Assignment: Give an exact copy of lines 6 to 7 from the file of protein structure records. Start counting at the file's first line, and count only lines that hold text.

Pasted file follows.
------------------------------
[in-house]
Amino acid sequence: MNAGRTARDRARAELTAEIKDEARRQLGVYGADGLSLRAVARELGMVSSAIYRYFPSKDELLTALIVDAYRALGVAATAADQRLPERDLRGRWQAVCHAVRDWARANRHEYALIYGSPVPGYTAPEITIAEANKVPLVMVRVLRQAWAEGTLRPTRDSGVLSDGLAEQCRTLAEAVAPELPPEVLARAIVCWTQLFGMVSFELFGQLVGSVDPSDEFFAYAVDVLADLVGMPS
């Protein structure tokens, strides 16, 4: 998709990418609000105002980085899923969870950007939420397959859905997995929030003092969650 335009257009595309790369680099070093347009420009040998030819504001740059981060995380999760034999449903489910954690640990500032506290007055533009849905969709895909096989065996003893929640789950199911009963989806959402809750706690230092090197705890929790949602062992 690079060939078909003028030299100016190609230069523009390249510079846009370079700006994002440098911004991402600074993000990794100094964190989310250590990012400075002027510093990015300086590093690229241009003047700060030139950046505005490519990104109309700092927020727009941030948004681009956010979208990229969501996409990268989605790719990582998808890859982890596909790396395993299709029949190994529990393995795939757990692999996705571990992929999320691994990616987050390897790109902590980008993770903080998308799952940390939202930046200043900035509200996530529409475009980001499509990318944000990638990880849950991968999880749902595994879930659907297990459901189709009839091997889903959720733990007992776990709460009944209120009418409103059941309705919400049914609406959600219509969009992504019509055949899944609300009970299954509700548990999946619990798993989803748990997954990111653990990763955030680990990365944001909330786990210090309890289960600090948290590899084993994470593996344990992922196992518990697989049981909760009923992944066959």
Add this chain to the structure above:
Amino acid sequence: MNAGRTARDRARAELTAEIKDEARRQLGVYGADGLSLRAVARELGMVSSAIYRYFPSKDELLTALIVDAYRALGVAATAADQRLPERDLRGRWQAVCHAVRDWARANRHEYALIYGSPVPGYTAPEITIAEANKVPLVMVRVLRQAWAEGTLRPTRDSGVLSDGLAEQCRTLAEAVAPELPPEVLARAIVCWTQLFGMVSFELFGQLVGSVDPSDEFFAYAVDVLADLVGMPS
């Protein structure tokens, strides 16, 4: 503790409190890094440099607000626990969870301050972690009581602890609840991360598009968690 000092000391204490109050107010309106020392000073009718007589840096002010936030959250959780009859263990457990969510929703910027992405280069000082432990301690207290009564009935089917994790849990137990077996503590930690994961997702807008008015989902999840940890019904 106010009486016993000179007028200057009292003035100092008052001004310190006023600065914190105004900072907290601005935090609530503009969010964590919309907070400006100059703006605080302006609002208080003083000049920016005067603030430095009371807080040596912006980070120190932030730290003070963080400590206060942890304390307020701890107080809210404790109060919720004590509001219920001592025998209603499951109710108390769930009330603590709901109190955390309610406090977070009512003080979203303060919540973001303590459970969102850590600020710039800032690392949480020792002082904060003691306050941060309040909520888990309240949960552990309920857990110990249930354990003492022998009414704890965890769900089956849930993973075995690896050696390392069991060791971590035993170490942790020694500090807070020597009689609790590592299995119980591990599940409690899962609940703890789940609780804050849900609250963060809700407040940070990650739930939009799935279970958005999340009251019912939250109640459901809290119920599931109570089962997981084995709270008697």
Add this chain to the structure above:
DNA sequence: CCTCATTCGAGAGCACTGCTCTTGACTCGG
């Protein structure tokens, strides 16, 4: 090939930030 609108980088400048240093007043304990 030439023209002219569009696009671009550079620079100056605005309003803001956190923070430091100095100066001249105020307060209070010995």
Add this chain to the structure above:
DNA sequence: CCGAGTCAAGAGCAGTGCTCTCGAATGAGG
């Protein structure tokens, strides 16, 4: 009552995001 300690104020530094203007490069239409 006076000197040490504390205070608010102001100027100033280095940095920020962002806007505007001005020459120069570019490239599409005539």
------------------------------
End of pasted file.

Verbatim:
């Protein structure tokens, strides 16, 4: 503790409190890094440099607000626990969870301050972690009581602890609840991360598009968690 000092000391204490109050107010309106020392000073009718007589840096002010936030959250959780009859263990457990969510929703910027992405280069000082432990301690207290009564009935089917994790849990137990077996503590930690994961997702807008008015989902999840940890019904 106010009486016993000179007028200057009292003035100092008052001004310190006023600065914190105004900072907290601005935090609530503009969010964590919309907070400006100059703006605080302006609002208080003083000049920016005067603030430095009371807080040596912006980070120190932030730290003070963080400590206060942890304390307020701890107080809210404790109060919720004590509001219920001592025998209603499951109710108390769930009330603590709901109190955390309610406090977070009512003080979203303060919540973001303590459970969102850590600020710039800032690392949480020792002082904060003691306050941060309040909520888990309240949960552990309920857990110990249930354990003492022998009414704890965890769900089956849930993973075995690896050696390392069991060791971590035993170490942790020694500090807070020597009689609790590592299995119980591990599940409690899962609940703890789940609780804050849900609250963060809700407040940070990650739930939009799935279970958005999340009251019912939250109640459901809290119920599931109570089962997981084995709270008697």
Add this chain to the structure above: